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Beginner
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Reading more data than recl should allow

Say I have the following code (saved as mf.f90, so it's reading itself)

program recltest ! this is a longer string
  implicit none

  integer :: ios
  character(len=100) :: line
  
  open(unit=101, iostat=ios, action='READ', form='FORMATTED', recl=4, file='mf.f90')

  read(101, '(A)', iostat=ios) line
  print *, line

end program recltest

I would expect "prog" to be printed, which is what gfortran-compiled binary does. But when compiled with the newest Intel Visual Fortran compiler, I get the whole line. Can you please explain if I'm misunderstanding the 'recl' argument?

Thank you!

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Black Belt
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By default , ifort takes recl =4 as 16 bytes.  Compile option standard-semantics or assume byterecl will reconcile that difference with gfortran.

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Beginner
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Alright, but then why do I get the whole line (clearly more than 16 bytes)? I tried setting recl to various values, but it didn't change the outcome. It seems to me that when variable length > recl (or recl*4), ifort will prefer to fill the variable. But I may be misunderstanding something very basic.

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Valued Contributor II
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Hm, you specify a record length for a file with sequential access and you read it without reference to a particular record. I am not sure what the standard says on this type of usage.
 

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The standard says, " RECL= specifier shall be positive. It specifies the length of each record in a file being connected for direct access, or specifies the maximum length of a record in a file being connected for sequential access." So here it says that the maximum length of the record is 4 bytes. However, there's nothing in the standard that says this constrains a sequential input. The only thing I can spot is a restriction on the programmer that on a sequential output statement the statement "shall not specify more characters for a record than have been specified by a RECL= specifier in the OPEN statement or the record length of an internal file."

The standard does say "During advancing input when the pad mode has the value NO, the input list and format specification shall not require more characters from the record than the record contains." The record contains more than 4 characters but RECL says the maximum is 4. My take on this is that the program is nonconforming, since the READ tries to transfer 100 characters, and that either behavior is acceptable.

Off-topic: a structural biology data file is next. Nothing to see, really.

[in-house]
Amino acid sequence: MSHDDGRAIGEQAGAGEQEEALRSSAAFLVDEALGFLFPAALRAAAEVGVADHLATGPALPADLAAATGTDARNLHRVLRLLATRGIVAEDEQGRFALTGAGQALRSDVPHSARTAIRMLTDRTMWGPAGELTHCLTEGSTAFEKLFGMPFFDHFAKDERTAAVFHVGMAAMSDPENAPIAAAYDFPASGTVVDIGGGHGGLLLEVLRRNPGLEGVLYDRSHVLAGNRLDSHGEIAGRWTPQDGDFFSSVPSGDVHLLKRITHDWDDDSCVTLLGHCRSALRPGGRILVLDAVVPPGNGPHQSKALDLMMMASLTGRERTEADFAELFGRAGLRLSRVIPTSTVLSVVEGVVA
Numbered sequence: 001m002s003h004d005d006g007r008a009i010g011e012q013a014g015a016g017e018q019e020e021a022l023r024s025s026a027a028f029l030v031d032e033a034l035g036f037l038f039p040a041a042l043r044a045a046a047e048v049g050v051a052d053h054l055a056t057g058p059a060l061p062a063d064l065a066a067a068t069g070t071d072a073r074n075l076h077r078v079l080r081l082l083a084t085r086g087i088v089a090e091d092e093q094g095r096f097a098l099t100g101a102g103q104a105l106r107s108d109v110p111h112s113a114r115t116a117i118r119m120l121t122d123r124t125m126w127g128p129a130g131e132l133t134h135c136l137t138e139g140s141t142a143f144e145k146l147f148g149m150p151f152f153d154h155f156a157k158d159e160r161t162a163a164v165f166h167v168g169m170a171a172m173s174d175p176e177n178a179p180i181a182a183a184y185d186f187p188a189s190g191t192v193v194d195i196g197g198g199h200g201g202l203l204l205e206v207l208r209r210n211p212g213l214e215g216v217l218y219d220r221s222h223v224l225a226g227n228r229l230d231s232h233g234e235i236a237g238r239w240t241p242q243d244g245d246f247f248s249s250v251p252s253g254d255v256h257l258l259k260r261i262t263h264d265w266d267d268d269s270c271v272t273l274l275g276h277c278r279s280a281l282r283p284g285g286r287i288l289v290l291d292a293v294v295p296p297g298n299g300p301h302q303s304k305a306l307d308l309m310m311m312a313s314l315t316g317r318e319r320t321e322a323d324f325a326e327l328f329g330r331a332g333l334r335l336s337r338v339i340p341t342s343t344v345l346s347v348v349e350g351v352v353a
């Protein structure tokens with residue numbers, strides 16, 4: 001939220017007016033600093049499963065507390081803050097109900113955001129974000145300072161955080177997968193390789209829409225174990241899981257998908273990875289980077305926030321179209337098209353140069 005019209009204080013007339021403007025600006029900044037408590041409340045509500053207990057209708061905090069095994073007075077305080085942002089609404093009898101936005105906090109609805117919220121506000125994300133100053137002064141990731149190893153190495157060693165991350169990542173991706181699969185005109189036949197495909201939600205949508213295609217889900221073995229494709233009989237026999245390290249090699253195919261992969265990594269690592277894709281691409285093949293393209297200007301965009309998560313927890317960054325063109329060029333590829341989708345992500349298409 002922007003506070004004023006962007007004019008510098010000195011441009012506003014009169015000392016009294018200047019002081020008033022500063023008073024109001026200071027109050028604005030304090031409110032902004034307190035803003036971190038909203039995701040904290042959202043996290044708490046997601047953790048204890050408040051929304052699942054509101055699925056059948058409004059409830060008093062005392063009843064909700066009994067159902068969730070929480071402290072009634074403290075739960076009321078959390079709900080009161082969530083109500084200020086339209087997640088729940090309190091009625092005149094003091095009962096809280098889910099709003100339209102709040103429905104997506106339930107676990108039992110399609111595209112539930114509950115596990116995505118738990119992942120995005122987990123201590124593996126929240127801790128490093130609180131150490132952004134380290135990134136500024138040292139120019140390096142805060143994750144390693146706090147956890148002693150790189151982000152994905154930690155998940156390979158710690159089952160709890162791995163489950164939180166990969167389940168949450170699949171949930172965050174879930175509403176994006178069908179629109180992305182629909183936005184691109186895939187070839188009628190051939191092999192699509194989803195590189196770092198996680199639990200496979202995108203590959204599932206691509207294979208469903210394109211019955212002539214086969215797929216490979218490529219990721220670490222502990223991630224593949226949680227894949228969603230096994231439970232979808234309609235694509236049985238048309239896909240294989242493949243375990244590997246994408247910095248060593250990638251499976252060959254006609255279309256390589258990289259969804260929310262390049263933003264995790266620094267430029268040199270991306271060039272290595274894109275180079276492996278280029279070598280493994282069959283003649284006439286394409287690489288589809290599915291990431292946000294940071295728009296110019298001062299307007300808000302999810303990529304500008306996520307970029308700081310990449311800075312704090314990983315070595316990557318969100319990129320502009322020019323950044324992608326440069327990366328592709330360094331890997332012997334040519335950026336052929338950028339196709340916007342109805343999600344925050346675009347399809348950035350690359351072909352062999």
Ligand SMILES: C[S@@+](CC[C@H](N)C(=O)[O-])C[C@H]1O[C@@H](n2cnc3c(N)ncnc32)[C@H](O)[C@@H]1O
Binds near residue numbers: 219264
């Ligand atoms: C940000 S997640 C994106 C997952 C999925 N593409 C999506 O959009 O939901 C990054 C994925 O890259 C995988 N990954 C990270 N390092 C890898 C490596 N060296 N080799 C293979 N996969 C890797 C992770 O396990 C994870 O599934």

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Valued Contributor II
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The online help for OPEN : RECL specifier states

"If the file is connected for formatted data transfer, the value must be expressed in bytes (characters)."

From the code shown the file is opened for FORMATTED read and therefore recl=4 should be specifying 4 bytes.

The help goes on to say "If you read a fixed-length file with a record length different from the one used to create the file, indeterminate results can occur." I don't know whether that applies in this case.

Les

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Black Belt
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Les Neilson wrote:

The online help for OPEN : RECL specifier states

"If the file is connected for formatted data transfer, the value must be expressed in bytes (characters)."

From the code shown the file is opened for FORMATTED read and therefore recl=4 should be specifying 4 bytes.

Agreed.

The help goes on to say "If you read a fixed-length file with a record length different from the one used to create the file, indeterminate results can occur." I don't know whether that applies in this case.

I found the quoted text in the section "File operation I/O statements - Open statement specifiers - RECL specifier". Should it not say "fixed record-length file" instead of "fixed-length file"? The file size is not relevant to this discussion.

The file in question is a text file, and so will almost always contain variable length records. The RECL specified should be large enough to cover the maximum record length and, if not, there may be a risk of buffer overflow and it would be helpful if the IOSTAT value returned after the READ statement had a value that said "Buffer too small" something similar.

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Valued Contributor II
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mecej4 wrote:

Quote:

 

 

The help goes on to say "If you read a fixed-length file with a record length different from the one used to create the file, indeterminate results can occur." I don't know whether that applies in this case.

 

 

I found the quoted text in the section "File operation I/O statements - Open statement specifiers - RECL specifier". Should it not say "fixed record-length file" instead of "fixed-length file"? The file size is not relevant to this discussion.

The file in question is a text file, and so will almost always contain variable length records. The RECL specified should be large enough to cover the maximum record length and, if not, there may be a risk of buffer overflow and it would be helpful if the IOSTAT value returned after the READ statement had a value that said "Buffer too small" something similar.

Yes I too thought the wording a little strange.

Re-reading the OP I see that it is reading the source file so yes they would most likely be variable length records.

Les

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